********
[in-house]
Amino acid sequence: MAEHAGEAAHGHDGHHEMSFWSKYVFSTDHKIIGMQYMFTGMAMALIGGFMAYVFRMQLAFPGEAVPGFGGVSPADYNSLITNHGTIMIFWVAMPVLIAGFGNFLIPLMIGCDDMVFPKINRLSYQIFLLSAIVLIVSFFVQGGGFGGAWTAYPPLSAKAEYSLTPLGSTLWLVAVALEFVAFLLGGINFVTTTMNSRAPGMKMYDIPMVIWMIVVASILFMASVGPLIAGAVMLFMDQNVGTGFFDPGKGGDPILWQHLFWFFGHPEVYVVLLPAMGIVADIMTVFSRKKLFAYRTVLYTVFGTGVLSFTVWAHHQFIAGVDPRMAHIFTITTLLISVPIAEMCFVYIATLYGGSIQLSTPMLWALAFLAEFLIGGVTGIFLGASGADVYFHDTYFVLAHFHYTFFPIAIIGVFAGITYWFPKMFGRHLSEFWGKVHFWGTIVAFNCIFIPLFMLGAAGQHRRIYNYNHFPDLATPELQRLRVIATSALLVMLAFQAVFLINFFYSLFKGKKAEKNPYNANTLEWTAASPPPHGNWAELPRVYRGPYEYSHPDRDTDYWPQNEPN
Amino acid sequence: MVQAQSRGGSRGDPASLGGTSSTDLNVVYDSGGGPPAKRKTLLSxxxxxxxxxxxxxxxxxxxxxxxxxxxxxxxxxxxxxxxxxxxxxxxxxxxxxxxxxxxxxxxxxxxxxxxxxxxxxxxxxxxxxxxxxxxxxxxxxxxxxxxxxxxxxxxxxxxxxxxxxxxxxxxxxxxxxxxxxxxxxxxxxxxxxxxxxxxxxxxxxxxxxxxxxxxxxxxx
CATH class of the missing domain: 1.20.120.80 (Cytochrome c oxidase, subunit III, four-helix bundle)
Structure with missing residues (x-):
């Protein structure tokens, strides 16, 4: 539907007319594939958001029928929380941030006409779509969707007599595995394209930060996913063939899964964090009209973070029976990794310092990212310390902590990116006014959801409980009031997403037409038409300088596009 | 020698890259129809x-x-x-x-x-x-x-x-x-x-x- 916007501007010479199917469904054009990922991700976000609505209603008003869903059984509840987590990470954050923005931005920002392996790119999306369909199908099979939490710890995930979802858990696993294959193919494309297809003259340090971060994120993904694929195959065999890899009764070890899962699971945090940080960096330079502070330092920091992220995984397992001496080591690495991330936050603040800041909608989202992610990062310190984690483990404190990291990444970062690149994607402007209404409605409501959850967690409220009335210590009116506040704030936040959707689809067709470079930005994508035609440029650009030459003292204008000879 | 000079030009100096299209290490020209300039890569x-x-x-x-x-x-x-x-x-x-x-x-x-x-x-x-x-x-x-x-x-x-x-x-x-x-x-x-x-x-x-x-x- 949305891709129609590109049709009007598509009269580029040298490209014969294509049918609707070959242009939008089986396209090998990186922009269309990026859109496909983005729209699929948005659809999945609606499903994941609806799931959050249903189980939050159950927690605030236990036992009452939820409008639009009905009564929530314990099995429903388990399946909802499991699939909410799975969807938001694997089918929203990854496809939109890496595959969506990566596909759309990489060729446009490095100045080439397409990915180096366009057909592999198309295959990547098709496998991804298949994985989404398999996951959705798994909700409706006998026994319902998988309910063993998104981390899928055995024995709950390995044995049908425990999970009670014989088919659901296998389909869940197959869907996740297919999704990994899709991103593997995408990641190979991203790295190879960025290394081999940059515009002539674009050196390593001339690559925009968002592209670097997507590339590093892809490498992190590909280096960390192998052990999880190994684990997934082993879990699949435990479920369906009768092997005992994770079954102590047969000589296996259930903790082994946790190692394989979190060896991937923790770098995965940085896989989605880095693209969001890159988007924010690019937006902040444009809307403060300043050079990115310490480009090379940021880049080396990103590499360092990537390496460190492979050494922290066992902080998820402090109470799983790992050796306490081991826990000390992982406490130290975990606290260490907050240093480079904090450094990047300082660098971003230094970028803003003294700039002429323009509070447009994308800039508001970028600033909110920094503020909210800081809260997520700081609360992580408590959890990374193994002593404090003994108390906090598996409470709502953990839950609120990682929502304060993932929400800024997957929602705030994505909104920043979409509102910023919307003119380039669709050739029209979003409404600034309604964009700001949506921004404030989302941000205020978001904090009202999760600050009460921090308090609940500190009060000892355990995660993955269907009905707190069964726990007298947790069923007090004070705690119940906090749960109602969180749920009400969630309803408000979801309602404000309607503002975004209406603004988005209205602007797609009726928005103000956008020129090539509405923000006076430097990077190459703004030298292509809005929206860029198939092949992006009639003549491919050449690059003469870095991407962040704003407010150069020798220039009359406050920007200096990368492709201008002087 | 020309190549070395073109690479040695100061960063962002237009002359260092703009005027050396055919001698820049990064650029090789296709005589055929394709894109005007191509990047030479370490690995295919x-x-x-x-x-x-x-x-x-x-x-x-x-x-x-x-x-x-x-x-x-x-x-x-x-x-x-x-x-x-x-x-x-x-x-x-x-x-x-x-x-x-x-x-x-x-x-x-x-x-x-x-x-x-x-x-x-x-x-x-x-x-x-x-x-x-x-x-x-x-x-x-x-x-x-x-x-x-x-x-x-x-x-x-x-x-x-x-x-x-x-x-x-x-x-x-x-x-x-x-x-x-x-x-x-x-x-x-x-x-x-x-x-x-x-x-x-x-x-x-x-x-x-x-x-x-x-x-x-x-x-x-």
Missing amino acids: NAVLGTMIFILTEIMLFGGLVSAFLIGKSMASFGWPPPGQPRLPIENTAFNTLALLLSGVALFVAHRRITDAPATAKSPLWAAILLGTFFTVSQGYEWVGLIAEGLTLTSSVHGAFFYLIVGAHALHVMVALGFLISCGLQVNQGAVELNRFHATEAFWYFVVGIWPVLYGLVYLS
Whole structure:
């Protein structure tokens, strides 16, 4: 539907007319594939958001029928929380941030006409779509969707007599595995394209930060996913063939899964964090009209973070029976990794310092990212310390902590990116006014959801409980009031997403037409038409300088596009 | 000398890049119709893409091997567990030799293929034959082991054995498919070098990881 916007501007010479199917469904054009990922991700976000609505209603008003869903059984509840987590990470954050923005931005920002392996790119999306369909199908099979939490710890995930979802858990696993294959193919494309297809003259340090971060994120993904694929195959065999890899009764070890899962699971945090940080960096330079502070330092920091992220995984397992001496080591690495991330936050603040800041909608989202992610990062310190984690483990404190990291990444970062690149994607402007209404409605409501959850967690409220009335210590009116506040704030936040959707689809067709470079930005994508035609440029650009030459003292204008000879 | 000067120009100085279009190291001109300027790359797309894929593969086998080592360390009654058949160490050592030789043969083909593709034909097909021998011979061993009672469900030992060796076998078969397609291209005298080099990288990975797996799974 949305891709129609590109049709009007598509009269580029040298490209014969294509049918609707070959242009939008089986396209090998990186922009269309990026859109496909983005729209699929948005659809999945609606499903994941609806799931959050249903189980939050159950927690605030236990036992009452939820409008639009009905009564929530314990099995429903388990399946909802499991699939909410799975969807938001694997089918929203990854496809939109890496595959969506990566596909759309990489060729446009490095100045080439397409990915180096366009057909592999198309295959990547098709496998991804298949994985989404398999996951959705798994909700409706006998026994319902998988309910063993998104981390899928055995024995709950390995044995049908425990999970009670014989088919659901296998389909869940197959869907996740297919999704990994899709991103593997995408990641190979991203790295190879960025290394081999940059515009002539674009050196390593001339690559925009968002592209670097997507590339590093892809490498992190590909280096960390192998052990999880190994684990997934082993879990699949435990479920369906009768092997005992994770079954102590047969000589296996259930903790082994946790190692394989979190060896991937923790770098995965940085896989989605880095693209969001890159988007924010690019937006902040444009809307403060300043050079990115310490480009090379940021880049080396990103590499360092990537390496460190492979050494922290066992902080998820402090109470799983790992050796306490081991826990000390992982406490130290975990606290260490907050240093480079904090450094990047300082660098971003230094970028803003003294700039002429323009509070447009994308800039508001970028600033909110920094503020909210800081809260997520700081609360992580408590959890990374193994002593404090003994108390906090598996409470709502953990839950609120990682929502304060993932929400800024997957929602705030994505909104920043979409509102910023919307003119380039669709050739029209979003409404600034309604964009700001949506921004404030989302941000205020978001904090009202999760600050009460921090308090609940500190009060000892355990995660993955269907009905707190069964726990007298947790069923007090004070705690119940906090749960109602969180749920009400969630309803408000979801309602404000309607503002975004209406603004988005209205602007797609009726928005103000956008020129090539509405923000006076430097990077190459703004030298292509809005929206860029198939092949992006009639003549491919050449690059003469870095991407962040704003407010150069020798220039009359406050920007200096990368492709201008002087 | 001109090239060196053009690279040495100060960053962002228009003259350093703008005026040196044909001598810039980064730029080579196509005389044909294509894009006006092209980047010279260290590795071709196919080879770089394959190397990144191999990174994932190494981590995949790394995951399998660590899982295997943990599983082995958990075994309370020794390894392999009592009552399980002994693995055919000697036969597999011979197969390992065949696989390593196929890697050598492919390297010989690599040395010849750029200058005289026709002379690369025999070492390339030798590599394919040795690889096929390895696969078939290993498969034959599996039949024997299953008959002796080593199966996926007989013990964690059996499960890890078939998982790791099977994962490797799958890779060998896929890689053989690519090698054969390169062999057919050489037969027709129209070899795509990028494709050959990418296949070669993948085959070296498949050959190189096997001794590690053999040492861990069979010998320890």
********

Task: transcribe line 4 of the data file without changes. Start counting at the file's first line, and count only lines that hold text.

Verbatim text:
CATH class of the missing domain: 1.20.120.80 (Cytochrome c oxidase, subunit III, four-helix bundle)